The fifth-series $10 banknote, which is blue and green, features women's suffrage campaigner Kate Sheppard and a white camellia flower (symbolising the suffrage campaign) on the obverse side. The tukutuku design behind Sheppard is variously known as Mangaroa (the Milky Way) and Purapura Whetū, with the stars representing navigation or the people of New Zealand. It is based on panels on the wharenui Te Hau ki Tūranga, which was built in the early 1840s by Raharuhi Rukupō of Rongowhakaata and restored under the supervision of Apirana Ngata in 1935. It is now on display at the Museum of New Zealand Te Papa Tongarewa in Wellington. The main features of the reverse side are the whio (blue duck), the Fiordland parahebe and the kiokio fern.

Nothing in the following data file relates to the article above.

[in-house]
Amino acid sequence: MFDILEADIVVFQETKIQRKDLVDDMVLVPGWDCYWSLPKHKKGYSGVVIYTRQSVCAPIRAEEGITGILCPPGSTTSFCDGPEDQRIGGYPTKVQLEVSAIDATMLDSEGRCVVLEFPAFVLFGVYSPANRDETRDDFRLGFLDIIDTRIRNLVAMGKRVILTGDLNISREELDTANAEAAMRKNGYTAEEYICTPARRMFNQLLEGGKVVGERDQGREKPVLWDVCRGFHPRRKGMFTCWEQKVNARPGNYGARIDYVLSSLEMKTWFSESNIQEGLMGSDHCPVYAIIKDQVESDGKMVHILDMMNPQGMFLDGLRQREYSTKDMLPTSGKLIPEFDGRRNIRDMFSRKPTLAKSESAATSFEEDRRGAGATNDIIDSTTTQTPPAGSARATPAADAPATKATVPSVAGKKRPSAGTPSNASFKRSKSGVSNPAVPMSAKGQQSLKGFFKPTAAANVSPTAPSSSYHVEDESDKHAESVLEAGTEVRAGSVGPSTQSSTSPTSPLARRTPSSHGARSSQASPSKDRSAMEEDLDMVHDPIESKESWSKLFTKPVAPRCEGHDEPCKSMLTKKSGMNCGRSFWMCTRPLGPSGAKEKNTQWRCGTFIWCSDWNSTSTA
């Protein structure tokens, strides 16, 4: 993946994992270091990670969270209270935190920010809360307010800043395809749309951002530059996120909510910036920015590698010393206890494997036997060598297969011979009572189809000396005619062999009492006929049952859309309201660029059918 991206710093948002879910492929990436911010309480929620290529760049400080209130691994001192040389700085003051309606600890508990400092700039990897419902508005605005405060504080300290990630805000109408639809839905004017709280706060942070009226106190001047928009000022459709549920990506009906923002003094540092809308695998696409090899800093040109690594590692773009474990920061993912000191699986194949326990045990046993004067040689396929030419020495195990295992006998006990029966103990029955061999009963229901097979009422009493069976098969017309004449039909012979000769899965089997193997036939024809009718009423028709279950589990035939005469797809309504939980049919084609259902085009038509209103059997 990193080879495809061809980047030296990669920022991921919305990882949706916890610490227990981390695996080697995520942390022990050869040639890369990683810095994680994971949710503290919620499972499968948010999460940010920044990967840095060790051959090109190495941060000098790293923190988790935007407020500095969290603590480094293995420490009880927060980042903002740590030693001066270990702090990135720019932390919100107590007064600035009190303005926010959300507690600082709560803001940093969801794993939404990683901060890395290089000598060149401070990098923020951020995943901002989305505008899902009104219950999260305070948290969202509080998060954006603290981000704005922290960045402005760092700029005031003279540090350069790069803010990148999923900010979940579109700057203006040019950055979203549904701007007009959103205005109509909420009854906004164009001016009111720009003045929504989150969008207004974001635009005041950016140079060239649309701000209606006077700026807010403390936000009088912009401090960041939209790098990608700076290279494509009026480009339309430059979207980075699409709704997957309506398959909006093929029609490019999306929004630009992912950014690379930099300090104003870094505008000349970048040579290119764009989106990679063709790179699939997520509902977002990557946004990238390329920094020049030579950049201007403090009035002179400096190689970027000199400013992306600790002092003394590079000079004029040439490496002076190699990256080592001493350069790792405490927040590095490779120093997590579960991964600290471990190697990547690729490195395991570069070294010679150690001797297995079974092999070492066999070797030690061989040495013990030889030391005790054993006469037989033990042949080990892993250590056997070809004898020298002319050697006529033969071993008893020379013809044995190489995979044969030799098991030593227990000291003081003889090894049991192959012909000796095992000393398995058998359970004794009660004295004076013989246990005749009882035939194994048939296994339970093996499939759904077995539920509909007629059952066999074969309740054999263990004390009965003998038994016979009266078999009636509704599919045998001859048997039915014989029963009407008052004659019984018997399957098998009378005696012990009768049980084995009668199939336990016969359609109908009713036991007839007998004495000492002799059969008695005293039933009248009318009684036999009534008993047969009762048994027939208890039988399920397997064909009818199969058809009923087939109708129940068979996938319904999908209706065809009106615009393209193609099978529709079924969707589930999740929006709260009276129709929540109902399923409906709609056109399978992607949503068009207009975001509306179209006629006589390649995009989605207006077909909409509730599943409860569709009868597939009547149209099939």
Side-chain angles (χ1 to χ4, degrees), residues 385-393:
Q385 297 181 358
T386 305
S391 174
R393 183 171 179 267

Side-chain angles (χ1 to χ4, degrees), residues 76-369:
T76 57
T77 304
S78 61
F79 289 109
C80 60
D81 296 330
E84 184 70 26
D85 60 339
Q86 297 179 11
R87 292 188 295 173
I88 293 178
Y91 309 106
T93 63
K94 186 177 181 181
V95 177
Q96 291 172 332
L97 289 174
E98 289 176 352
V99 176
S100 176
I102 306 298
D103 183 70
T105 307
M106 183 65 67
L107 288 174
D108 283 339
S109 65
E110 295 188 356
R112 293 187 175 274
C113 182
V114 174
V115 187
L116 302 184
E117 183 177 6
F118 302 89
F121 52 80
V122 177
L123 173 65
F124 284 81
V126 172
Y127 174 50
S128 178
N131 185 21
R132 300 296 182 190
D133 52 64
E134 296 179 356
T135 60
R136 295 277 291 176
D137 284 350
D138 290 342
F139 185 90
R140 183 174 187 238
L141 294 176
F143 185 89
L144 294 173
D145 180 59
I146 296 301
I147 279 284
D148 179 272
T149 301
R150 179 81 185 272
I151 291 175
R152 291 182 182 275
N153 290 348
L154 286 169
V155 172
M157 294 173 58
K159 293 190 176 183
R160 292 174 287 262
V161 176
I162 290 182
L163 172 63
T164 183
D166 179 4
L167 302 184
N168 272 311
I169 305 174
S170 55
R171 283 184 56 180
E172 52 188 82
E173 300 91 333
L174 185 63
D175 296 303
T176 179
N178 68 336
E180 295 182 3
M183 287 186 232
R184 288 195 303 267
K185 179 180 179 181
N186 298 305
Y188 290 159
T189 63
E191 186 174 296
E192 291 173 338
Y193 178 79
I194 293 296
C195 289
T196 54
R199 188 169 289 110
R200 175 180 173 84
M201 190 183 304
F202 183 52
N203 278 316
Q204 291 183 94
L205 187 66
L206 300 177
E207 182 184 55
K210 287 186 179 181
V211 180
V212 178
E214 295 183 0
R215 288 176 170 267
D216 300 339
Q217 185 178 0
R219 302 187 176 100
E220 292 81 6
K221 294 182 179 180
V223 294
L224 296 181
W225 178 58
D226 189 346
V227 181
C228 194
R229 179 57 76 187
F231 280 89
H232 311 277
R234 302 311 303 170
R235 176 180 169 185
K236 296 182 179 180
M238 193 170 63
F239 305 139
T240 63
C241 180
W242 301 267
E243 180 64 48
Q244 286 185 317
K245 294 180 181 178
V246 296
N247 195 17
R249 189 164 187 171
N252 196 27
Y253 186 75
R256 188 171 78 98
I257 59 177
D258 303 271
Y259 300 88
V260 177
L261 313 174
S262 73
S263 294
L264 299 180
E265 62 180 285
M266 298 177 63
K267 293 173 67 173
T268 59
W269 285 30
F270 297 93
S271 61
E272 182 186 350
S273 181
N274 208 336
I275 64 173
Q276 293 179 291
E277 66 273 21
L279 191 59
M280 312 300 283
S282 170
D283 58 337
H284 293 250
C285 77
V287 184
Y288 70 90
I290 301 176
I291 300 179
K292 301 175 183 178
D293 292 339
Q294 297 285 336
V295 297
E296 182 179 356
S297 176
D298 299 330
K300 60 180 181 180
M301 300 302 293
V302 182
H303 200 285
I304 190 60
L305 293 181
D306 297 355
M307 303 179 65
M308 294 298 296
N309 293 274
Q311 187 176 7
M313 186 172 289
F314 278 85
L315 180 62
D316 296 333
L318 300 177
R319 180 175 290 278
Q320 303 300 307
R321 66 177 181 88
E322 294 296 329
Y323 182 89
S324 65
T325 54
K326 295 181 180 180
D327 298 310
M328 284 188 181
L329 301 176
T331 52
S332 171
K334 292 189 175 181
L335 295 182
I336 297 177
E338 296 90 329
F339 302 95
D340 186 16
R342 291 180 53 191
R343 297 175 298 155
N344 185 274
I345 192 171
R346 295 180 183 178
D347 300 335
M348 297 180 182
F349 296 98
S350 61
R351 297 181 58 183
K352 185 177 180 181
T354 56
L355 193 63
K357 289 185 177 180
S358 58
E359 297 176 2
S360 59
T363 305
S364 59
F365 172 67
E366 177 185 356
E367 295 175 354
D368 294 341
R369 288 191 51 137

From 1999, a sixth series of banknotes (pictured above) were made from polymer (plastic) instead of paper. This allowed the introduction of a suite of new security features, including micro-printing, a shadow image of Queen Elizabeth II, and transparent windows.
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